~ Curious And Unusual ~
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'Minerva's Chick'

The Roman people are notoriously fond of giving nicknames to everybody, even to statues. However, 'Minerva's chick' is indeed a strange way of referring to the small stone elephant that supports an obelisk, located in a square behind the Pantheon.
The monument stands in front of the medieval church named Santa Maria sopra Minerva (St.Mary Over Minerva), run by the Dominican order, whose dedication sprang from the fact of having been built over the ruins of a no longer extant temple dedicated to Minerva, the ancient Roman goddess of knowledge.
With this statue comes a curious story about the main architect and sculptor of Rome's Baroque age: Gianlorenzo Bernini.

the small monument, with the Pantheon at its back
In 1665, a small obelisk about 5.50 m or 18 ft tall, inscribed with hieroglyphs on each side, was discovered in a garden belonging to the Dominican monastery by St.Mary's church. It was one of the many Egyptian spires that once decorated the Iseum, a very large place of worship dedicated to goddesses Isis and Serapis, whose cult had been imported from Egypt, and had many follwers among the Romans; in the early centuries, the Iseum stood very close to the site of the present church.
the so-called Minerva's chick

Pope Alexander VII decided to have the obelisk raised in front of the church. In order to choose a suitable base for the monument, a number of distinguished architects submitted their projects to a papal commission. One of them was a Dominican priest, Father Domenico Paglia.

According Father Paglia's project, the obelisk would have rested over six small hills, recalling the ones featured in the coat of arms of the Chigi family (left), whom Alexander VII belonged to, with a dog in each corner. In fact, the dog is the symbol of Dominican priests who, after the Latin Dominicanes, were also nicknamed Domini canes, i.e. "the Lord's dogs", to remark their fidelity.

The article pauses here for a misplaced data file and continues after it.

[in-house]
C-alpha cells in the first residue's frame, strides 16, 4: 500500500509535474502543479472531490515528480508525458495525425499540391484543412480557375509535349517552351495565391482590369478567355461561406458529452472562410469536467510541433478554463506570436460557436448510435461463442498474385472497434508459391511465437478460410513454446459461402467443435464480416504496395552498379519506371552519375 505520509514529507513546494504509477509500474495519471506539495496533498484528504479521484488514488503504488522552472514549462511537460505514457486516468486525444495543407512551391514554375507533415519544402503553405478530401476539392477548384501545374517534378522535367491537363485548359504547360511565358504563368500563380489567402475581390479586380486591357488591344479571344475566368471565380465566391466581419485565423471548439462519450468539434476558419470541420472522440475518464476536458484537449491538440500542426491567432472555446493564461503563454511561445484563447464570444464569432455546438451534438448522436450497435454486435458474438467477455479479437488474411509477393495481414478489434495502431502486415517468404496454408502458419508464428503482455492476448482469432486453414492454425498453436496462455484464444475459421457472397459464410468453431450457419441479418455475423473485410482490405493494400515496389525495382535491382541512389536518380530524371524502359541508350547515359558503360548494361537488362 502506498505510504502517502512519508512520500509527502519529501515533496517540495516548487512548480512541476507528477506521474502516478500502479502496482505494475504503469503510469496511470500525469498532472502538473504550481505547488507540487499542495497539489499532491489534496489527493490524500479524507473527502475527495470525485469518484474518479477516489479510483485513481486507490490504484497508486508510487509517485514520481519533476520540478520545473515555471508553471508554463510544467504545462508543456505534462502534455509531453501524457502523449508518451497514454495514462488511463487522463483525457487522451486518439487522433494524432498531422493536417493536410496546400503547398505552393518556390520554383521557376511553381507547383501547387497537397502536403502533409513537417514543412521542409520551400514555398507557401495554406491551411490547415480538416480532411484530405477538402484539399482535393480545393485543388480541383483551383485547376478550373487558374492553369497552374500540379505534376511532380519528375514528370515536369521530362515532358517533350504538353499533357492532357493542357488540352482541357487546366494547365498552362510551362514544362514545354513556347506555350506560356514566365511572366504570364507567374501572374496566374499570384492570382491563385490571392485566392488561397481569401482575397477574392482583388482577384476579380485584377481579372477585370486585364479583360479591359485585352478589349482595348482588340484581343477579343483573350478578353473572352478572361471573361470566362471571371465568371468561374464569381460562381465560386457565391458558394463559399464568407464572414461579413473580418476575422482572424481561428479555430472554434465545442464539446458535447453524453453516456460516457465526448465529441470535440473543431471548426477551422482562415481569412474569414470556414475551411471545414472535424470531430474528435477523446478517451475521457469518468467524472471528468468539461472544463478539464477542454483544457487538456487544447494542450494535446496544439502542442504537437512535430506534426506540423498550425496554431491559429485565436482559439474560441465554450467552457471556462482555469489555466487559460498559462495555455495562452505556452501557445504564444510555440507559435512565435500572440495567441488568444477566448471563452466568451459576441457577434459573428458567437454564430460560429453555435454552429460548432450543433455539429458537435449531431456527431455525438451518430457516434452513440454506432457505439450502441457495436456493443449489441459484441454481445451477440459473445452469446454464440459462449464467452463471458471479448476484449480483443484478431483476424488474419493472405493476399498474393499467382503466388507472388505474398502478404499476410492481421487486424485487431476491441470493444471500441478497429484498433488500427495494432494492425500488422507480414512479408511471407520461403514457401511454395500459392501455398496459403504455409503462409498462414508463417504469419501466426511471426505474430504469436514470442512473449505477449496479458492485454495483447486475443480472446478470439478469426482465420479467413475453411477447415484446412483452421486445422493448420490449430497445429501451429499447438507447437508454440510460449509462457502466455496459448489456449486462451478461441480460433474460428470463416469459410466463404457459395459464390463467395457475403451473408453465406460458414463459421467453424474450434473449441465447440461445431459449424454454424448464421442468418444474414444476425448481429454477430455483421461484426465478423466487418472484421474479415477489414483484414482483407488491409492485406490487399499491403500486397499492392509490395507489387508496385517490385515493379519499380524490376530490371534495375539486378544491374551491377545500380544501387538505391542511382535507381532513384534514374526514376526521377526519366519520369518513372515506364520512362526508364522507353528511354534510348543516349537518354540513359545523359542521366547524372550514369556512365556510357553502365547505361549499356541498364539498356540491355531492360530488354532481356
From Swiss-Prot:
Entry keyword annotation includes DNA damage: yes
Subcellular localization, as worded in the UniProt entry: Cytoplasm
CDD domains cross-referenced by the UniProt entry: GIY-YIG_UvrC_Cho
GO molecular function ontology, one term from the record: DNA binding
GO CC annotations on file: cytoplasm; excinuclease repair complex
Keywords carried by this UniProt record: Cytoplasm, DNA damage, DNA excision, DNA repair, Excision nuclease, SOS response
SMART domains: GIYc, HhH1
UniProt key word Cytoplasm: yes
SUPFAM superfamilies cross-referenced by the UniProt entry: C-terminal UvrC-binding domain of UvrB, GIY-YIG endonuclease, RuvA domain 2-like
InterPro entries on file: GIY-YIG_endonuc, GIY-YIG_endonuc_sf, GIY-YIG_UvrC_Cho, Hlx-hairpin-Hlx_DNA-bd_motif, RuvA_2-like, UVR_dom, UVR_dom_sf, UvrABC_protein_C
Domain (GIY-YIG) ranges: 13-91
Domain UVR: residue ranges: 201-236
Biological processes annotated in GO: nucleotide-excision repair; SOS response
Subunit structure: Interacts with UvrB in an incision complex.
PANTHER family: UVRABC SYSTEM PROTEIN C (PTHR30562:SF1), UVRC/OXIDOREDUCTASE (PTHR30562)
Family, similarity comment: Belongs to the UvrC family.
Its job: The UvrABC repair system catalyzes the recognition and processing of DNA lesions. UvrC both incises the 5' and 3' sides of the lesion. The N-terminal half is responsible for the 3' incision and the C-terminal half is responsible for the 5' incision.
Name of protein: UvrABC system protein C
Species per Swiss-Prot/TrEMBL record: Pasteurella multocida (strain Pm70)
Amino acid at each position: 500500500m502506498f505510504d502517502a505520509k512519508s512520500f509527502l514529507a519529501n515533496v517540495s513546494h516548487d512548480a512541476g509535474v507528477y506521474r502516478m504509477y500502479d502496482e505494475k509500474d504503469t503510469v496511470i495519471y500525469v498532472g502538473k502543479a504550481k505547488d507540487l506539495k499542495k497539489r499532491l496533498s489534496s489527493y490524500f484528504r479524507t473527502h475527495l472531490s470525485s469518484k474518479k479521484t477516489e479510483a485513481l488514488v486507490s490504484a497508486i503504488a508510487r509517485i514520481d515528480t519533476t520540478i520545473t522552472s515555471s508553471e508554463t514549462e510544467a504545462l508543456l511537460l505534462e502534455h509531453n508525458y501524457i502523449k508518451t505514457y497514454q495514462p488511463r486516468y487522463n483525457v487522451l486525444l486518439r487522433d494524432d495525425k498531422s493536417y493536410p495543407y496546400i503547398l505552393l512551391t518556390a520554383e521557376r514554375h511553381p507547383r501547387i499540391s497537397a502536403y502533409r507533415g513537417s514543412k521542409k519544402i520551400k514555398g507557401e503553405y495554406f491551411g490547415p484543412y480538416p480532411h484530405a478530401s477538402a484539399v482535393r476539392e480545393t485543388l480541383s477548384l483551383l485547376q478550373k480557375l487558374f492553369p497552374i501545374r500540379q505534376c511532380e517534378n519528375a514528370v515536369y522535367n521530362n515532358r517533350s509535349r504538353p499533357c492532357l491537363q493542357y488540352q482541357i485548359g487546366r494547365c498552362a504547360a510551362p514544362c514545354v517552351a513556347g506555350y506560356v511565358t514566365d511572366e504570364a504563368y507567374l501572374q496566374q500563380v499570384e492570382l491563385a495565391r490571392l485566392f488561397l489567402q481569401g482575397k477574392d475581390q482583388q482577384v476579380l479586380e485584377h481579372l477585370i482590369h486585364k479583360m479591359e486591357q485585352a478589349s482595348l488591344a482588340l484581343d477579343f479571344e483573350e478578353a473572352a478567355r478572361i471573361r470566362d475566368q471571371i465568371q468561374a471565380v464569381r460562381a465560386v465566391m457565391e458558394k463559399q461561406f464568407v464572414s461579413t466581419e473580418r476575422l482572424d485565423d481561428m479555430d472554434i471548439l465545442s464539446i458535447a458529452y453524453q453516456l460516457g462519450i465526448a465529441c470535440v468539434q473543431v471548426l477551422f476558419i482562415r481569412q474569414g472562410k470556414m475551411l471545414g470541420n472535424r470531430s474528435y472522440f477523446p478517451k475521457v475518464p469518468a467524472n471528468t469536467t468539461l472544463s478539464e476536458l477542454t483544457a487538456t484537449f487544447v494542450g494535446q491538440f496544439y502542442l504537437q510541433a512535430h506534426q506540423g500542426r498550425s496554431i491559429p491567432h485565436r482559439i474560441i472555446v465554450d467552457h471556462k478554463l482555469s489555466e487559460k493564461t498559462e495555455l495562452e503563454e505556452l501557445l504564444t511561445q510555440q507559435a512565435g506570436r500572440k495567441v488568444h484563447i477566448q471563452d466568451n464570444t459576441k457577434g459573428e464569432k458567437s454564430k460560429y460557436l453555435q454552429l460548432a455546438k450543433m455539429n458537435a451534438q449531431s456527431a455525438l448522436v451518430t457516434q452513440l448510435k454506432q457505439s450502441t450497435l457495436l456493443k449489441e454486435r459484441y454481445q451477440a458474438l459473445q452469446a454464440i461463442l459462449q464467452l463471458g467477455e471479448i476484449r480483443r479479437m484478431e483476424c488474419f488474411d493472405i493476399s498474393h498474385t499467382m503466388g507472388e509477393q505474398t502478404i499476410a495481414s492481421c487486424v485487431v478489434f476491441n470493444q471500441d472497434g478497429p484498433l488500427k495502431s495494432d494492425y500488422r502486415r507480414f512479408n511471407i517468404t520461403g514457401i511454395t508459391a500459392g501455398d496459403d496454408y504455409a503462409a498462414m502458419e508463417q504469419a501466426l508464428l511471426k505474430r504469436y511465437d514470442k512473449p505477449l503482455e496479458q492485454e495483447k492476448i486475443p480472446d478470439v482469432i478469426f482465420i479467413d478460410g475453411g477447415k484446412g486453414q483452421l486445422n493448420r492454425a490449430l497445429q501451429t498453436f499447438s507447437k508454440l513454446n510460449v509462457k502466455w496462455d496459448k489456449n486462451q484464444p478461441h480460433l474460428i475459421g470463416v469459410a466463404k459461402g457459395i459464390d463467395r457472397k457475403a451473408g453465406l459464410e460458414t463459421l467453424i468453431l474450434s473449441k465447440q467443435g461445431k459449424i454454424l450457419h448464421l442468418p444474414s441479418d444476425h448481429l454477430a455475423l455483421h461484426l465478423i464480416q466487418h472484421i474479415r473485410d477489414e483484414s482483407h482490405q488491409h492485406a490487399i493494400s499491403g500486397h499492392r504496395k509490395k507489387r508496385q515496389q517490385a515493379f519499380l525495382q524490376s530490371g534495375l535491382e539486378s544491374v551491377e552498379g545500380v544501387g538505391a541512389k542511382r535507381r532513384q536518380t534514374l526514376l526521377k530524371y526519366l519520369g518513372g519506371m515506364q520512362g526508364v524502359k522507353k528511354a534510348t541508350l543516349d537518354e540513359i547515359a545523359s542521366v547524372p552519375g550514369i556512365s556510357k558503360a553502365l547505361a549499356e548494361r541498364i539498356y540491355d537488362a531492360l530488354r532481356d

coat of arms of the Chigi
on the monument's base
The pope rejected this design, as he wanted the statue to be a symbol of the Holy Knowledge, to recall the original dedication of this site, rather than a self-celebrative monument.

So the famous artist Gian Lorenzo Bernini (whose life and works are also dealt with in Legendary Rome, Bernini vs. Borromini) was then asked to devise a suitable base for the obelisk.
He submitted several drawings, among which one featuring an elephant. The pope chose this one, as an allegorical representation of fortitude: "...a strong mind is needed to support a solid knowledge", reads the inscription on one side of the base.

the small elephant drawn by Bernini

In drawing his elephant, Bernini had been inspired by Hypnerotomachia Poliphili ("Poliphil's Dream Of The Love Battle"), a novel written in the 15th century by Francesco Colonna that was rather well-known in those times. First issued in Venice in 1499, Hypnerotomachia had been one of the very first books ever printed in Italy, by the famous printer Aldus Manutius. The same pope Alexander VII, who was highly cultured, owned a copy of this book.

Hypnerotomachia Poliphili:
the elephant with the obelisk
In the novel, full of symbolic references, Poliphil encounters an elephant made of stone that carries an obelisk; it is easy to tell how much Bernini's idea was inspired by this work by comparing his monument with the original illustration from the book's first edition (left).
In the sculptor's original plan, though, the obelisk would have fully rested on the elephant's four legs, without a stand below the animal. But Father Paglia, who was rather envious after his own project had been rejected, argued that according to traditional canons, by which no weight should rest vertically above an empty space, as it would not be steady nor long-lasting, a cube should have been inserted under the elephant's belly, just as the one featured in the illustration from the Hypnerotomachia.

the elephant's saddle-cloth, featuring the oak tree
and three hills, family device of Alexander VII

Bernini strongly opposed this alteration, since he had already carried out other works in which heavy elements rested over an empty space (an example is his well-known Fountain of the Rivers in piazza Navona), but the pope decided to have the cube added to the statue all the same.
The sculptor then tried to disguise the rough cube by adding an elaborate saddle-cloth to the elephant's back in order to cover the cube but, despite his attempt, the change still gave the statue a rather stout look.
For this reason, after having been raised in the square on July 11, 1667 (meanwhile, the pope had died about 40 days before), the people of Rome nicknamed it Porcino della Minerva ("Minerva's Piggy"). The name probably changed into Pulcino ("Chick") for a mere phonetic reason: in time, when the memory of this fact fell into oblivion, the people mya have likely mistaken the word porcino with purcino, which is in fact the Roman dialect word for "chick".

the monument and the church at night-time

Bernini took revenge upon the Dominican who had dared to challenge him: in the final version of the statue, carved in 1667 by one of his best apprentices, Ercole Ferrata, he drew the elephant pointing towards the nearby monastery with his rear end, the tail slightly shifted to the left, in the attitude of saluting Father Paglia and the other friars in a rather... obscene way!

what Father Paglia saw from the convent